We’re here to help explain how to use ps command on Linux and garner information on the status of different processes run by the system. So read on to know more!
Processes are computer programs in execution. In a multitasking environment like Linux, the operating system runs several processes simultaneously. This is done by switching the execution of processes and assigning them to processors one by one.
Also, there are several attributes maintained by the operating system for the owner’s processes and the associated security attributes.
How to Use ps Command on Linux
In Linux, you can use the ps command to see the details of all the processes running in the system. Information like process name, owner, session, etc. can be obtained about each process. In this guide, we discuss the ps command in detail along with its various options.
The ps command stands for process status. It displays the list of all the processes running in the system with their attributes. The information about these processes is read from the /proc file system. This is a virtual file system containing virtual files. Among the information displayed by the ps command includes:
PID– The unique process Id associated with every process
TTY– The terminal user is logged into
TIME– The amount of time the process has been running in minutes
CMD– The command that has launched the process
Hint: Sometimes, when we run the ps command, it displays the
00:00:00. This means the central processing unit (CPU) has not been allocated by the operating system to this process so far.
For instance, the bash command is generally associated with 0 CPU time because it is a parent process for executing other processes and doesn’t utilize CPU time.
ps command usage with no arguments
When the ps command is run without any arguments, it shows the list of interactive processes in the system. This is the list of processes associated with the shell. The following command illustrates how we can find the list of interactive methods. On your system, open the terminal and type the following command:
Listing all the processes
Irrespective of the process types, all the processes running in the system can be seen using the
–A option. The following command illustrates this:
Also, you can use the
–e option to view all the processes as follows:
Showing all processes not associated with the terminal
The following command can be used to list down all the processes that are not associated with any terminal:
Showing all the running/active processes
Every processes that are running or active in the background can be shown by typing the following command:
Processes of the current user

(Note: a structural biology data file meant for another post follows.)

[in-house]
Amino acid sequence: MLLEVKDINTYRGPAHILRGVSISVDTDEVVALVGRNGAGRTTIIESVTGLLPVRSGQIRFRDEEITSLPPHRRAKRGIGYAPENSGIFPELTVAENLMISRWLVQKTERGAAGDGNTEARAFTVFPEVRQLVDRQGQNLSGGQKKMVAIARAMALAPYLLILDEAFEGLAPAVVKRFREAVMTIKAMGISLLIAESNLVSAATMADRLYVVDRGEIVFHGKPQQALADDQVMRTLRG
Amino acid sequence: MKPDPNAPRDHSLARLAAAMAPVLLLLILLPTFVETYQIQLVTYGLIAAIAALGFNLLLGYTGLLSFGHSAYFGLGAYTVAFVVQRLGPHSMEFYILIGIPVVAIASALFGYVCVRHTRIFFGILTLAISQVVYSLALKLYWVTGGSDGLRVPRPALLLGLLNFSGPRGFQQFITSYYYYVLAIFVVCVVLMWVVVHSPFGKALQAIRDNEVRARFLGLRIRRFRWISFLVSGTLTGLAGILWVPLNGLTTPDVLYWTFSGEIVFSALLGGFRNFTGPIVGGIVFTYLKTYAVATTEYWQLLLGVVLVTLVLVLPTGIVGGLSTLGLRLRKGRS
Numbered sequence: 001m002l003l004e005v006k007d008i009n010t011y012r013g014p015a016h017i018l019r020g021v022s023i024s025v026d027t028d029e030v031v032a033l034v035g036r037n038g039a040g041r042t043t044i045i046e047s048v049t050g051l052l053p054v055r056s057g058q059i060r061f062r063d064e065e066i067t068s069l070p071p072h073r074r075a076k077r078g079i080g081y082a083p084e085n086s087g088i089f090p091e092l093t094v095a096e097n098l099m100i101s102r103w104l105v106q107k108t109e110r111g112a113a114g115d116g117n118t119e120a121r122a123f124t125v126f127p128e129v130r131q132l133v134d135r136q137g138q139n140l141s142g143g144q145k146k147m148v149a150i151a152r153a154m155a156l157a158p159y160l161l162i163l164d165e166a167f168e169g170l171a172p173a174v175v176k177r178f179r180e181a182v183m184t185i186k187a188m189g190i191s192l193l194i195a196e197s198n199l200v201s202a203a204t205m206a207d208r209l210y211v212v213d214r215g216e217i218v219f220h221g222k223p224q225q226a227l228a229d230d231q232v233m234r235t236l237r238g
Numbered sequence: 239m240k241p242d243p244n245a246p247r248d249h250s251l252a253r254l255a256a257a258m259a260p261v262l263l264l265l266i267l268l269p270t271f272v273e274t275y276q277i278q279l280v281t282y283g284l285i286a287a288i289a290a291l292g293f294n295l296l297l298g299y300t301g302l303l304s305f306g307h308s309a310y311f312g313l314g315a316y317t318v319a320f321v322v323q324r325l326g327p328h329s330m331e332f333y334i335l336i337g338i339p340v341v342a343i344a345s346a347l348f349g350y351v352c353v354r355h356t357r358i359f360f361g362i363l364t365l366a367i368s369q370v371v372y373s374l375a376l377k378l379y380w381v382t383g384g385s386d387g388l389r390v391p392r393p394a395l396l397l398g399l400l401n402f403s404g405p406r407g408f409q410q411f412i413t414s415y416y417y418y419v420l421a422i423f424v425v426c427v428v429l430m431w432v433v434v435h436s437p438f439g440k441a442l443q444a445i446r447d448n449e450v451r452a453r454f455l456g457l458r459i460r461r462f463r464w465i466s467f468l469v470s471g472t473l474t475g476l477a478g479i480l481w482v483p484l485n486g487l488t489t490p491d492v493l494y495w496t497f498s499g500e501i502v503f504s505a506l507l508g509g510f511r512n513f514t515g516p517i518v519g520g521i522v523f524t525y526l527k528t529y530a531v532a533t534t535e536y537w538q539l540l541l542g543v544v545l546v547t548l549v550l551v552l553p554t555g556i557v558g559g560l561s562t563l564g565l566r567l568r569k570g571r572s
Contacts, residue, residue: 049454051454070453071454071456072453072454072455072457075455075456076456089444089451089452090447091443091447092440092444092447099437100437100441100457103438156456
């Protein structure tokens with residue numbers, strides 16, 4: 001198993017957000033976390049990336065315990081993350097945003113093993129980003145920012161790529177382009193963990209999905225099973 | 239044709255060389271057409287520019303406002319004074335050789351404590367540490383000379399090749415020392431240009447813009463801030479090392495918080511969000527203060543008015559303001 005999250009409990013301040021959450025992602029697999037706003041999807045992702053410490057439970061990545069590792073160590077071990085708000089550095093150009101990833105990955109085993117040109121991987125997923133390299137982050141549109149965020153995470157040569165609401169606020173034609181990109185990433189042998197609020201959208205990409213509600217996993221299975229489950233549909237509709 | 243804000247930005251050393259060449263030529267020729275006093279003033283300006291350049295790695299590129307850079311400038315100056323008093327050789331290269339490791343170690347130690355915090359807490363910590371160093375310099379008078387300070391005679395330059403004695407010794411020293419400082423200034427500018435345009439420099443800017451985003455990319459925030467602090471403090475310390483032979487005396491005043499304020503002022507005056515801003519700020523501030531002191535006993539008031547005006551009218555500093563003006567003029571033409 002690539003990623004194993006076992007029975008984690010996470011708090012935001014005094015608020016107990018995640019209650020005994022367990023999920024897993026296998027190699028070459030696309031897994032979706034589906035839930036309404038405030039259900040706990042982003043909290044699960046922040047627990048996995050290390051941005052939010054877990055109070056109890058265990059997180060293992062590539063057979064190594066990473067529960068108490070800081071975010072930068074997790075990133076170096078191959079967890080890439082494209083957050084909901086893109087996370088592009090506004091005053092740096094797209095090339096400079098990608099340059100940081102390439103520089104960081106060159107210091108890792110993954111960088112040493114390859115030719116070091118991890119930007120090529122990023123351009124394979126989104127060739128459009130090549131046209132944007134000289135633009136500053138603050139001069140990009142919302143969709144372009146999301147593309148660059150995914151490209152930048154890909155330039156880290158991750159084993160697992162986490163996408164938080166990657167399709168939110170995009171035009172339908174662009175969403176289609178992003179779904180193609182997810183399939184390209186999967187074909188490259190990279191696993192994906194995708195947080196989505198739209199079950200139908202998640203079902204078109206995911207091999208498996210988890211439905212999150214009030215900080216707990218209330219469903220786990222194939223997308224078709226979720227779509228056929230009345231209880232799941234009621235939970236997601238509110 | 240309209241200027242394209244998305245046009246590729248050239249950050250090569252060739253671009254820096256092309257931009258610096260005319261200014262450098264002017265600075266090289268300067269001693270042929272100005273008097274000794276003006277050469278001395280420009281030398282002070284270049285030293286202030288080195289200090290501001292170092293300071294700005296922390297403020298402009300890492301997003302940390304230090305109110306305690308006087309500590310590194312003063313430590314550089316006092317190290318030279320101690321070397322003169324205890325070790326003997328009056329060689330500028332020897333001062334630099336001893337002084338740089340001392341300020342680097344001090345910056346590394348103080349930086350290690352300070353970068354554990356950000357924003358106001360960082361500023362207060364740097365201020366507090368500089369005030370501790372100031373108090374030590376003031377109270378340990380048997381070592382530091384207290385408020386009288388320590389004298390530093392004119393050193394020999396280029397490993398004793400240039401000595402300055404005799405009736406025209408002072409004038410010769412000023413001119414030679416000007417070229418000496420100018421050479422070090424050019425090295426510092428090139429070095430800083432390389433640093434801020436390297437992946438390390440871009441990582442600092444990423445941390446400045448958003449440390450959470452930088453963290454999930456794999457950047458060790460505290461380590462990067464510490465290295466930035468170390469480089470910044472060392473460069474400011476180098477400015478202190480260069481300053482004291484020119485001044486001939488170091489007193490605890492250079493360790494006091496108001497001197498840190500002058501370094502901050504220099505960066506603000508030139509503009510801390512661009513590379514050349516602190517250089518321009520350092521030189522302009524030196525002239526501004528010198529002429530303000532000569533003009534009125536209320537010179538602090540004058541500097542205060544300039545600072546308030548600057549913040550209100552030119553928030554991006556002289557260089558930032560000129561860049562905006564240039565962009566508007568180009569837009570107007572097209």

All the processes of the current user can be listed down with the help of the
–x option. The following command illustrates it:
Listing down a specific process attribute
–C option can be used to list down a specific process by name. We can specify the process name. For instance, the following command list down the details of the
$ps -C gedit
Listing down a specific group of process
We can specify a specific group for the process. The
–G option is used for this purpose, and the group ID is the user group that created the process. The following command shows how we can list the process for the group faculty:
$ps -G faculty
Listing down a process based on their process Id
We can also use the process ID to search for the process and list its attributes. The following command searches for the process with
ID 4792 and shows its attributes:
$ps -p 4792
Viewing all the processes belonging to a specific session Id
To view the processes belonging to a specific session ID,
–sId options can be used with the ps command as shown below:
$ps -s 1391
$ps -sId 1391
Select the process based on tty
Based on the terminal (
tty), the processes can be filtered using the
–tty option. The following command shows that:
$ps -t pts/0
List the processes for a specific user
–U command can list the process by name or ID for a specific user. The following command selects the processes for user khan as follows:
$ps -U khan
Listing process as a tree
We can also use the
--forest command to list down the process as a tree. It will display the processes along with their parent-child relationship. The following command illustrates this:
$ps --forest -x
There are many other options available with the ps command. For instance, we can list down the process with a complete format listing by using the
–f option. You can also use
-F to view the full extra format,
--format to view the process details with the user-defined format.
-j option will be used for
l for long
-v for virtual memory format. For instance, to list down the process with their id, name, CPU, memory usage, and command, the following can be used:
$ps -e -o pid,uname,pcpu,pmem,comm
You can even rename the labels for each column as follows:
$ps -e -o pid=PID,uname=USERNAME,pcpu=CPU_USAGE,pmem=%MEM,comm=COMMAND
You can list down the threads of a process using
–L options. Moreover, you can also sort the processes while listing them down. For instance, the following process lists down the processes based on their memory:
$ps -eo pid,ppid,cmd,%mem,%cpu --sort=%mem
Tip: You can pip the ps command with grep to custom search for a specific process
We have discussed the ps command that can be used to find out the information about processes running in the system. Moreover, we can filter these processes based on the current user, group, session, terminal, etc. We can also specify the custom format to list the processes. We have discussed a range of options for the ps command.
More information can be obtained about the ps command from the Linux manual.
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